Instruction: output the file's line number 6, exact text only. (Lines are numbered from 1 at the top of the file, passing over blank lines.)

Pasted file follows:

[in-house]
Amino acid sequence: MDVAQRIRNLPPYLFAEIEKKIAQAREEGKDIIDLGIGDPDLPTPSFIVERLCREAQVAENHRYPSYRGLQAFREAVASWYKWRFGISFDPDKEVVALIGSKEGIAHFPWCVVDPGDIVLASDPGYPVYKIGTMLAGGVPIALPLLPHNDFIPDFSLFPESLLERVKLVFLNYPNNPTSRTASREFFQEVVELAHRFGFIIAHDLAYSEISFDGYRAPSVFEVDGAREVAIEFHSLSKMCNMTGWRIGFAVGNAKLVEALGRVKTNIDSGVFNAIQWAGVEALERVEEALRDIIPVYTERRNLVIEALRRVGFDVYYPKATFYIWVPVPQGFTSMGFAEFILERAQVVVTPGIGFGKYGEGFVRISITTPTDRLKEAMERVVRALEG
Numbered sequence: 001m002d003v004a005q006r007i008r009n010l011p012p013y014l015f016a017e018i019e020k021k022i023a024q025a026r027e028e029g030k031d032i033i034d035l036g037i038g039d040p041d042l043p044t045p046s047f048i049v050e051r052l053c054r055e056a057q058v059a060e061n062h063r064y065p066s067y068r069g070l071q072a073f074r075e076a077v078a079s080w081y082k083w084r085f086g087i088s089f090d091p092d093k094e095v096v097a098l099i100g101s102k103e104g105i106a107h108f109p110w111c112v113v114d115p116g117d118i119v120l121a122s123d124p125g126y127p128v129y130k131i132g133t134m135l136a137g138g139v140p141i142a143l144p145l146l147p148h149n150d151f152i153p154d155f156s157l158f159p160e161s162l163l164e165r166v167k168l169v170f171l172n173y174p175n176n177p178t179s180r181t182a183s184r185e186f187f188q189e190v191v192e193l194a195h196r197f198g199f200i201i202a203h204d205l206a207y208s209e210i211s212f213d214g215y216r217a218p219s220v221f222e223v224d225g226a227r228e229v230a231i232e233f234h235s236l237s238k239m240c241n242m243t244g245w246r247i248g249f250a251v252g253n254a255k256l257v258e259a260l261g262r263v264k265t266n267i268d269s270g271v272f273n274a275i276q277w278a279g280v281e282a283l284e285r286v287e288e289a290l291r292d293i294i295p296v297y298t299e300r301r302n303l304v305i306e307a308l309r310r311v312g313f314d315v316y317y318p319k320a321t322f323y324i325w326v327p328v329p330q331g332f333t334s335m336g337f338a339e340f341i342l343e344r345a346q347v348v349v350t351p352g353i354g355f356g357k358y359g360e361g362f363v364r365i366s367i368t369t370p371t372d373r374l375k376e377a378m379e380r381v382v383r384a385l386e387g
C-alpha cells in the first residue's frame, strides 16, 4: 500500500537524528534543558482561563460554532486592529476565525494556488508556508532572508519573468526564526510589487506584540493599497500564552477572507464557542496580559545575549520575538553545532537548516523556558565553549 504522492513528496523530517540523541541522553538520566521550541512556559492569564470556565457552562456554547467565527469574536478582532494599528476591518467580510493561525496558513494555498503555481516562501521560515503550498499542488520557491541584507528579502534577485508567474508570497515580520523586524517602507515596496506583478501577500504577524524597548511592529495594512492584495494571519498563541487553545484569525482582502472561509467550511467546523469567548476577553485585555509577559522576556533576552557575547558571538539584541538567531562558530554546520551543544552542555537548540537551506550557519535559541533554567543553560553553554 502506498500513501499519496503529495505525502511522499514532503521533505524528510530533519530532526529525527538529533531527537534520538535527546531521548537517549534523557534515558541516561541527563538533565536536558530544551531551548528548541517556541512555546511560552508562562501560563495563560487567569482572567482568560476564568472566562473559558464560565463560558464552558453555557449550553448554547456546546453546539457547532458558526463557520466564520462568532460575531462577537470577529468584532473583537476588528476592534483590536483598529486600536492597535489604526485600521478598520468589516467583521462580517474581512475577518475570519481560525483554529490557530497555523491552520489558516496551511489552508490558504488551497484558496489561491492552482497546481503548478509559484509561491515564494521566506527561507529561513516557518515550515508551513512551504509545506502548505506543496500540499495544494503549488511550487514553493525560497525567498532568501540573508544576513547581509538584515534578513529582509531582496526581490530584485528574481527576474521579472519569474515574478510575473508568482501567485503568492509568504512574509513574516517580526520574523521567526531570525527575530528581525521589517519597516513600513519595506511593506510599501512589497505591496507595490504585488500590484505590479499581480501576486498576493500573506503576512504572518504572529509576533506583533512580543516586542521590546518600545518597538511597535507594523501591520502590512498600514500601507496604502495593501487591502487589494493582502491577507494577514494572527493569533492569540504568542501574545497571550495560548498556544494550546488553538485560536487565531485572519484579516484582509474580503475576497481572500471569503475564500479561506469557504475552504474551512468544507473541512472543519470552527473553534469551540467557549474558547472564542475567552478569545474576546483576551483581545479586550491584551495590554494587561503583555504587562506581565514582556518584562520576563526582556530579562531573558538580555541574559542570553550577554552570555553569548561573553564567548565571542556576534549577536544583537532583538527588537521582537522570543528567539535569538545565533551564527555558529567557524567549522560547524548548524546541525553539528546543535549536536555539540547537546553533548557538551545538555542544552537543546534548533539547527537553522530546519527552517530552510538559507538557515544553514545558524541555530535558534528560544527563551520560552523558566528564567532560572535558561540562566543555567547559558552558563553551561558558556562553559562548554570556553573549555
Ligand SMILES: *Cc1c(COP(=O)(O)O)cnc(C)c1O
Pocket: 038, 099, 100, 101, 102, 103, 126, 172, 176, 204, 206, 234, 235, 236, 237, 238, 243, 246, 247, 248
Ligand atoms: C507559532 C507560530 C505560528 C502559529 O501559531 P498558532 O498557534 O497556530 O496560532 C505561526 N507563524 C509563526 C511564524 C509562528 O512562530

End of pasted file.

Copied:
Pocket: 038, 099, 100, 101, 102, 103, 126, 172, 176, 204, 206, 234, 235, 236, 237, 238, 243, 246, 247, 248